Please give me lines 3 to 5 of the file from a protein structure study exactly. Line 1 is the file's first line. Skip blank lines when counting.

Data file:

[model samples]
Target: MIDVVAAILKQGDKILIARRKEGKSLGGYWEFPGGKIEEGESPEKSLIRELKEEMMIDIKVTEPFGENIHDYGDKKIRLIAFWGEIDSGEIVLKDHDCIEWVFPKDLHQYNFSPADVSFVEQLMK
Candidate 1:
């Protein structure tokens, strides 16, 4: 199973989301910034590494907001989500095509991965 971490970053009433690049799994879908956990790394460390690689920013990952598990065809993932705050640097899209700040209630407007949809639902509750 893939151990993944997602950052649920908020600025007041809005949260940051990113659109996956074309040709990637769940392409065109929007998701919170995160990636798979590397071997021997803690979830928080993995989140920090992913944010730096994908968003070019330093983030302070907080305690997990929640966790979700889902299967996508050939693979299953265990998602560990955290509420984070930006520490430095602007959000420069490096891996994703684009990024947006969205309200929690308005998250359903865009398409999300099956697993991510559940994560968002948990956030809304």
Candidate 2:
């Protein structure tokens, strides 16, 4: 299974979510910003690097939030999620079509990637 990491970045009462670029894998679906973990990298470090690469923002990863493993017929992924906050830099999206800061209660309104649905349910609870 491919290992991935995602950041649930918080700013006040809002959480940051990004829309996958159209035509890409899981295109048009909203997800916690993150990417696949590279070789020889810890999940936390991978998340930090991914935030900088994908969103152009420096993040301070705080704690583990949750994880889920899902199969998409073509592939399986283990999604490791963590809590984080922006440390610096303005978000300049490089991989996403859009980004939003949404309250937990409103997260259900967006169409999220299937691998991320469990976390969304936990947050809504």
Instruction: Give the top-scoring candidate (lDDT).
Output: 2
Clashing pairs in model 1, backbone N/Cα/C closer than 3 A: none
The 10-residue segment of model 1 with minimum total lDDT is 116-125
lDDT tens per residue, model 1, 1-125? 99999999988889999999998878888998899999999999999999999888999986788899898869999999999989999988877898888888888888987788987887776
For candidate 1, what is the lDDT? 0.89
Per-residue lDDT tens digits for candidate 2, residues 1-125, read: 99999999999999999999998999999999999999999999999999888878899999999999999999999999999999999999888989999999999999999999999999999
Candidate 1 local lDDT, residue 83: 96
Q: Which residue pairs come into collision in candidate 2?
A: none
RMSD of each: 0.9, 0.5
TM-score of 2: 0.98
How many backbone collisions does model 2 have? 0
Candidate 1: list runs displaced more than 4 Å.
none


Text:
Candidate 1:
């Protein structure tokens, strides 16, 4: 199973989301910034590494907001989500095509991965 971490970053009433690049799994879908956990790394460390690689920013990952598990065809993932705050640097899209700040209630407007949809639902509750 893939151990993944997602950052649920908020600025007041809005949260940051990113659109996956074309040709990637769940392409065109929007998701919170995160990636798979590397071997021997803690979830928080993995989140920090992913944010730096994908968003070019330093983030302070907080305690997990929640966790979700889902299967996508050939693979299953265990998602560990955290509420984070930006520490430095602007959000420069490096891996994703684009990024947006969205309200929690308005998250359903865009398409999300099956697993991510559940994560968002948990956030809304």
Candidate 2: